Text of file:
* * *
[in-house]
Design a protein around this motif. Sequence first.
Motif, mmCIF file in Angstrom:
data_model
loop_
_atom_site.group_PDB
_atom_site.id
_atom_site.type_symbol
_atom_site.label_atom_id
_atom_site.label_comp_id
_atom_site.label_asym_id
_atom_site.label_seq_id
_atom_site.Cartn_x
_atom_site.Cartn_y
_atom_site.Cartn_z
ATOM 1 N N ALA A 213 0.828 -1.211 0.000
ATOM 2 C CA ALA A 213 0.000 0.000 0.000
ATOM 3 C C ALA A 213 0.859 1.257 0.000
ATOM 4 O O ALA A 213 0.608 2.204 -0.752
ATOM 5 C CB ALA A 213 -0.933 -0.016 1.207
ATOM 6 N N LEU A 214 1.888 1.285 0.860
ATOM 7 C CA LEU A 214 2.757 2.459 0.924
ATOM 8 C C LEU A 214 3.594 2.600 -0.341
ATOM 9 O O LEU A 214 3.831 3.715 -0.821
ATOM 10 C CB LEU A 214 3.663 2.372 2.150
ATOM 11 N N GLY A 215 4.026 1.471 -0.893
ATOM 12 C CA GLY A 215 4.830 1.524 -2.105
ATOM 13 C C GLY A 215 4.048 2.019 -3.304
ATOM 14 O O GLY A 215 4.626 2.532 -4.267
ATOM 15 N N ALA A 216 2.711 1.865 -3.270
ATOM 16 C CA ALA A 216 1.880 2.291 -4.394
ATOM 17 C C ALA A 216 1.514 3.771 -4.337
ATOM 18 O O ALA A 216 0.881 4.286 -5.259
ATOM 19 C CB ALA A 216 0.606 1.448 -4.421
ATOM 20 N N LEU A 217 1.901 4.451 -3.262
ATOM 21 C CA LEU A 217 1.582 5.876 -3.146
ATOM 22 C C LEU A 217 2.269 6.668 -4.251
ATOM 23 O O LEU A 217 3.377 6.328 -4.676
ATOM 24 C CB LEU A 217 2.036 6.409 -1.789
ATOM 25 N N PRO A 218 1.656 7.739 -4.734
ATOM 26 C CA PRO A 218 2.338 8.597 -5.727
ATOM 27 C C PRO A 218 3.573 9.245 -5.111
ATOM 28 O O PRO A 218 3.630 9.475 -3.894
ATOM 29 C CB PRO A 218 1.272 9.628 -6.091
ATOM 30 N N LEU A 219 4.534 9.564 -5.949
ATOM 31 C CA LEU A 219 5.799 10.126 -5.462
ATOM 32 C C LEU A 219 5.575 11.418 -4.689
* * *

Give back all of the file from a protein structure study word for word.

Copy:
[in-house]
Design a protein around this motif. Sequence first.
Motif, mmCIF file in Angstrom:
data_model
loop_
_atom_site.group_PDB
_atom_site.id
_atom_site.type_symbol
_atom_site.label_atom_id
_atom_site.label_comp_id
_atom_site.label_asym_id
_atom_site.label_seq_id
_atom_site.Cartn_x
_atom_site.Cartn_y
_atom_site.Cartn_z
ATOM 1 N N ALA A 213 0.828 -1.211 0.000
ATOM 2 C CA ALA A 213 0.000 0.000 0.000
ATOM 3 C C ALA A 213 0.859 1.257 0.000
ATOM 4 O O ALA A 213 0.608 2.204 -0.752
ATOM 5 C CB ALA A 213 -0.933 -0.016 1.207
ATOM 6 N N LEU A 214 1.888 1.285 0.860
ATOM 7 C CA LEU A 214 2.757 2.459 0.924
ATOM 8 C C LEU A 214 3.594 2.600 -0.341
ATOM 9 O O LEU A 214 3.831 3.715 -0.821
ATOM 10 C CB LEU A 214 3.663 2.372 2.150
ATOM 11 N N GLY A 215 4.026 1.471 -0.893
ATOM 12 C CA GLY A 215 4.830 1.524 -2.105
ATOM 13 C C GLY A 215 4.048 2.019 -3.304
ATOM 14 O O GLY A 215 4.626 2.532 -4.267
ATOM 15 N N ALA A 216 2.711 1.865 -3.270
ATOM 16 C CA ALA A 216 1.880 2.291 -4.394
ATOM 17 C C ALA A 216 1.514 3.771 -4.337
ATOM 18 O O ALA A 216 0.881 4.286 -5.259
ATOM 19 C CB ALA A 216 0.606 1.448 -4.421
ATOM 20 N N LEU A 217 1.901 4.451 -3.262
ATOM 21 C CA LEU A 217 1.582 5.876 -3.146
ATOM 22 C C LEU A 217 2.269 6.668 -4.251
ATOM 23 O O LEU A 217 3.377 6.328 -4.676
ATOM 24 C CB LEU A 217 2.036 6.409 -1.789
ATOM 25 N N PRO A 218 1.656 7.739 -4.734
ATOM 26 C CA PRO A 218 2.338 8.597 -5.727
ATOM 27 C C PRO A 218 3.573 9.245 -5.111
ATOM 28 O O PRO A 218 3.630 9.475 -3.894
ATOM 29 C CB PRO A 218 1.272 9.628 -6.091
ATOM 30 N N LEU A 219 4.534 9.564 -5.949
ATOM 31 C CA LEU A 219 5.799 10.126 -5.462
ATOM 32 C C LEU A 219 5.575 11.418 -4.689